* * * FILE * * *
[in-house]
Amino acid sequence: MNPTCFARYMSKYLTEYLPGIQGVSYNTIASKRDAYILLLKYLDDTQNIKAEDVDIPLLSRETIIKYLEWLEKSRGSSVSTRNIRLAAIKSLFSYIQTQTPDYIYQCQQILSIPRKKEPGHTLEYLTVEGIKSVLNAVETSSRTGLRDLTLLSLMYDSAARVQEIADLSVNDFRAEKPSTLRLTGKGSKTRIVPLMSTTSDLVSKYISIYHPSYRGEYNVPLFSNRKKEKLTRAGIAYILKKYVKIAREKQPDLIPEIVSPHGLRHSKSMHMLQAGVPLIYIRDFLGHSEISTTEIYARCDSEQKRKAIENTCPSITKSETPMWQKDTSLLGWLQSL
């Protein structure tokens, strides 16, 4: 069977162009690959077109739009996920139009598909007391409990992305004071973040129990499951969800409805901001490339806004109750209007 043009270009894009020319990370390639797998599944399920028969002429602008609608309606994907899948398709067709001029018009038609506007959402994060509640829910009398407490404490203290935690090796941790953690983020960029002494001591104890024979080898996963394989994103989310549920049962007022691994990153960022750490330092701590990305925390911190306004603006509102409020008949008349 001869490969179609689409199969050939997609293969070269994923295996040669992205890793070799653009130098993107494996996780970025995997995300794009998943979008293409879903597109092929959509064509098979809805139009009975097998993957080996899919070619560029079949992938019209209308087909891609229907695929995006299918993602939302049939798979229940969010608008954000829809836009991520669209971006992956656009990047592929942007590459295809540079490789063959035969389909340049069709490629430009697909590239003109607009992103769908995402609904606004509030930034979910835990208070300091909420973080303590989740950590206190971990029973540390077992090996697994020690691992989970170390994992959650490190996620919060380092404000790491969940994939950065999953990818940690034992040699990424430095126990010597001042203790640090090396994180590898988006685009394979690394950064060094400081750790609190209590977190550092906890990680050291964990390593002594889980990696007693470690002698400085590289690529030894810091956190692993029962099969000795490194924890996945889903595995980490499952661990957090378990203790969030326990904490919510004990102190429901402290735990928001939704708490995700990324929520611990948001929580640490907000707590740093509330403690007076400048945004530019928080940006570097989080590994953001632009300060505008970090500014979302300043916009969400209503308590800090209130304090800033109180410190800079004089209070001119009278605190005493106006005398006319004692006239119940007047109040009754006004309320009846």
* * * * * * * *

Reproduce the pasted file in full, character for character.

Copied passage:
[in-house]
Amino acid sequence: MNPTCFARYMSKYLTEYLPGIQGVSYNTIASKRDAYILLLKYLDDTQNIKAEDVDIPLLSRETIIKYLEWLEKSRGSSVSTRNIRLAAIKSLFSYIQTQTPDYIYQCQQILSIPRKKEPGHTLEYLTVEGIKSVLNAVETSSRTGLRDLTLLSLMYDSAARVQEIADLSVNDFRAEKPSTLRLTGKGSKTRIVPLMSTTSDLVSKYISIYHPSYRGEYNVPLFSNRKKEKLTRAGIAYILKKYVKIAREKQPDLIPEIVSPHGLRHSKSMHMLQAGVPLIYIRDFLGHSEISTTEIYARCDSEQKRKAIENTCPSITKSETPMWQKDTSLLGWLQSL
């Protein structure tokens, strides 16, 4: 069977162009690959077109739009996920139009598909007391409990992305004071973040129990499951969800409805901001490339806004109750209007 043009270009894009020319990370390639797998599944399920028969002429602008609608309606994907899948398709067709001029018009038609506007959402994060509640829910009398407490404490203290935690090796941790953690983020960029002494001591104890024979080898996963394989994103989310549920049962007022691994990153960022750490330092701590990305925390911190306004603006509102409020008949008349 001869490969179609689409199969050939997609293969070269994923295996040669992205890793070799653009130098993107494996996780970025995997995300794009998943979008293409879903597109092929959509064509098979809805139009009975097998993957080996899919070619560029079949992938019209209308087909891609229907695929995006299918993602939302049939798979229940969010608008954000829809836009991520669209971006992956656009990047592929942007590459295809540079490789063959035969389909340049069709490629430009697909590239003109607009992103769908995402609904606004509030930034979910835990208070300091909420973080303590989740950590206190971990029973540390077992090996697994020690691992989970170390994992959650490190996620919060380092404000790491969940994939950065999953990818940690034992040699990424430095126990010597001042203790640090090396994180590898988006685009394979690394950064060094400081750790609190209590977190550092906890990680050291964990390593002594889980990696007693470690002698400085590289690529030894810091956190692993029962099969000795490194924890996945889903595995980490499952661990957090378990203790969030326990904490919510004990102190429901402290735990928001939704708490995700990324929520611990948001929580640490907000707590740093509330403690007076400048945004530019928080940006570097989080590994953001632009300060505008970090500014979302300043916009969400209503308590800090209130304090800033109180410190800079004089209070001119009278605190005493106006005398006319004692006239119940007047109040009754006004309320009846």